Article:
This article was first posted on February 10, and updated on March 9

Certainly, adidas made the right call to cut ties with Kanye "Ye" West and his YEEZY brand in October 2022. This was the turbulent month wherein Ye debuted YEEZY Season 9 — complete with infamous "White Lives Matter" T-shirt — blamed Virgil Abloh's death on LVMH CEO Bernard Arnault, and was subsequently dumped by everyone from Balenciaga to his touring agency.

To stay onboard the YEEZY train would have been to effectively guarantee brand suicide in the public's eyes; adidas had no other choice.

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While adidas will eventually regain its place amongst sportswear's elite sooner or later, it does have to solve the small issue of $1.3 billion in unsold YEEZY products.

Essentially, adidashas two options: to either sell or dispose of the goods, with the former now reported to be the likely outcome. This does not yet confirm rumors that Kanye and adidas will reunite, however.

In the meantime, adidas is currently projecting a $738 million operating loss for 2023, its first negative income in over three decades.

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Irrespective of losses, adidas' decision to cut Ye was the correct one.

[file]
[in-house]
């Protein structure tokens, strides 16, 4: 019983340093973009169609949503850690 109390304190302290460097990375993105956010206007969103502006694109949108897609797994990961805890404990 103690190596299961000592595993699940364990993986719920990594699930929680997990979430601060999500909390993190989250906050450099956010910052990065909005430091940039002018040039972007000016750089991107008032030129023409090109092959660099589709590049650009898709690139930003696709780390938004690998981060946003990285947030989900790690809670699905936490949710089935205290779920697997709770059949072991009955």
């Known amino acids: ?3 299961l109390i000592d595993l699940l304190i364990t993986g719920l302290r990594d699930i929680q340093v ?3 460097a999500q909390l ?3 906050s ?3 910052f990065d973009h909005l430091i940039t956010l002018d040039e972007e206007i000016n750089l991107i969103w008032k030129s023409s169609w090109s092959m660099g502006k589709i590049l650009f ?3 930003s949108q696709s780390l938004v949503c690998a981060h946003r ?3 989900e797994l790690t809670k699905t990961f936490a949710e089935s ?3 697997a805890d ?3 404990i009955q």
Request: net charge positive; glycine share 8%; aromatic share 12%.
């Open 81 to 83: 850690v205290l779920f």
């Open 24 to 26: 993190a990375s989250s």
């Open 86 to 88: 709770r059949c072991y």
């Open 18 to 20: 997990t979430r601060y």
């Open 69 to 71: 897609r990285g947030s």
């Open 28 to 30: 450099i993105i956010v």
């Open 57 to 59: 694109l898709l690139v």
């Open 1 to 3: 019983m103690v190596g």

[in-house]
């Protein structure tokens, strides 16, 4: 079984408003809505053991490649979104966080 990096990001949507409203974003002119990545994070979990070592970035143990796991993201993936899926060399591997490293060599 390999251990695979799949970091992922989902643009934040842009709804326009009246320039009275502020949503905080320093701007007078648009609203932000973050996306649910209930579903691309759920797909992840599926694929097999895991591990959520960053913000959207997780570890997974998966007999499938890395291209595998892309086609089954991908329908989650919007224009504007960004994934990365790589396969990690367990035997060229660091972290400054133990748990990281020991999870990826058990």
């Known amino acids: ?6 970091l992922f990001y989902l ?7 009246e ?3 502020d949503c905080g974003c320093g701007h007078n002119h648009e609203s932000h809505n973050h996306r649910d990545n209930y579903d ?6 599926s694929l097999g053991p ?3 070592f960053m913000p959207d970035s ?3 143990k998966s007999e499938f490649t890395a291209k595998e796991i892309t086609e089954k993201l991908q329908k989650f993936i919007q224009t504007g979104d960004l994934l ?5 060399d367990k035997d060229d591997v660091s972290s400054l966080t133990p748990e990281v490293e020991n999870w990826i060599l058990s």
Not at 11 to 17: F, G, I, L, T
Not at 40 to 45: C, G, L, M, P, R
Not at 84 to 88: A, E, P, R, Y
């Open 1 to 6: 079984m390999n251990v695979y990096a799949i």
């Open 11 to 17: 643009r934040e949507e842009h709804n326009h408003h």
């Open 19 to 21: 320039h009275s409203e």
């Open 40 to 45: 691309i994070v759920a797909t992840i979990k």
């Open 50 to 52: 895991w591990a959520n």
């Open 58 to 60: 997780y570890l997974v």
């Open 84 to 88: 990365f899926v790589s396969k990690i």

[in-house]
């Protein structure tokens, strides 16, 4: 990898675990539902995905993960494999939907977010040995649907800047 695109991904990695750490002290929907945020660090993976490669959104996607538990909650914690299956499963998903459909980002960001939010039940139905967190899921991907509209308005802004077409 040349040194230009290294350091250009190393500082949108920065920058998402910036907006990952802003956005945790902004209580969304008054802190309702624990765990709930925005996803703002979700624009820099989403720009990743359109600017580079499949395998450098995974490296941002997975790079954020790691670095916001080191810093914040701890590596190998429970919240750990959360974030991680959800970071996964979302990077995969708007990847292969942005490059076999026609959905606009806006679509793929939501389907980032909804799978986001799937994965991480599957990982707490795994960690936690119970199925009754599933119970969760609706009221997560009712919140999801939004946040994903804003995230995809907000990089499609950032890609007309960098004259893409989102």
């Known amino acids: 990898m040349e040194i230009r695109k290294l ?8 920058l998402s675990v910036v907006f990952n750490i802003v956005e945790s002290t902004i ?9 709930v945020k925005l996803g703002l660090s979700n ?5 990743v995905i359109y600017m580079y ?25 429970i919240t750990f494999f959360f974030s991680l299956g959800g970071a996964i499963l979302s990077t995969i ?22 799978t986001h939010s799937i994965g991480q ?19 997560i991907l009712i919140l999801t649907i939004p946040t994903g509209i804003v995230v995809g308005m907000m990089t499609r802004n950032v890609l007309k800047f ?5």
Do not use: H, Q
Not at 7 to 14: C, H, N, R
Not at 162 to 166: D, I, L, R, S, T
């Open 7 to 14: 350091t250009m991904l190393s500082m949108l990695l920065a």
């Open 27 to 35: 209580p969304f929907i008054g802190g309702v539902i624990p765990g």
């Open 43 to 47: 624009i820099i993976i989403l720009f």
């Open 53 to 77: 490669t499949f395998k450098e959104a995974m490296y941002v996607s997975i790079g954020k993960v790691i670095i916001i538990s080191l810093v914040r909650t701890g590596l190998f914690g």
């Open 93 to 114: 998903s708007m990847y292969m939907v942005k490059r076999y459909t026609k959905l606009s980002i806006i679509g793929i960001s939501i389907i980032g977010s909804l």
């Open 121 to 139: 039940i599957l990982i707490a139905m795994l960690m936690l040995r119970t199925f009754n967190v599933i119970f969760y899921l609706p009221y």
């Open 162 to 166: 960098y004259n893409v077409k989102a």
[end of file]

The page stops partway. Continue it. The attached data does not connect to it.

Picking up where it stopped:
It's not like he made life especially easy for adidas executives: Ye continued wearing Nike shoes and Balenciaga boots instead of adidas sneakers, for instance, and reportedly played pornography videos on his phone in adidas meetings.

The extenuating factor is, of course, the money. adidas estimated approximately $2 billion in yearly YEEZY sales, according to analysts, nearly 10 percent of its overall revenue.

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A press release that adidas issued on February 10 points to 2024 as the year that adidas turns it all around.

“The numbers speak for themselves. We are currently not performing the way we should”, said new adidas CEO Bjørn Gulden. “2023 will be a year of transition to set the base to again be a growing and profitable company... We need to put the pieces back together again, but I am convinced that over time we will make adidas shine again. But we need some time.”

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The announcement follows news that adidas' Ivy Park line isn't bringing in the revenue that adidas expected, with sales reportedly dropping over 50% since 2021's $90m haul.

Note that an Ivy Park representative disputed the claims, which suggest that the line earned a mere $40m in 2022, far lower than adidas' $250m expectations.

adidas is currently rumored to be working on a line of in-house sneakers that are nearly indistinguishable from YEEZY designs. In early 2023, it shut down YEEZY SUPPLY, the dedicated YEEZY drop website.

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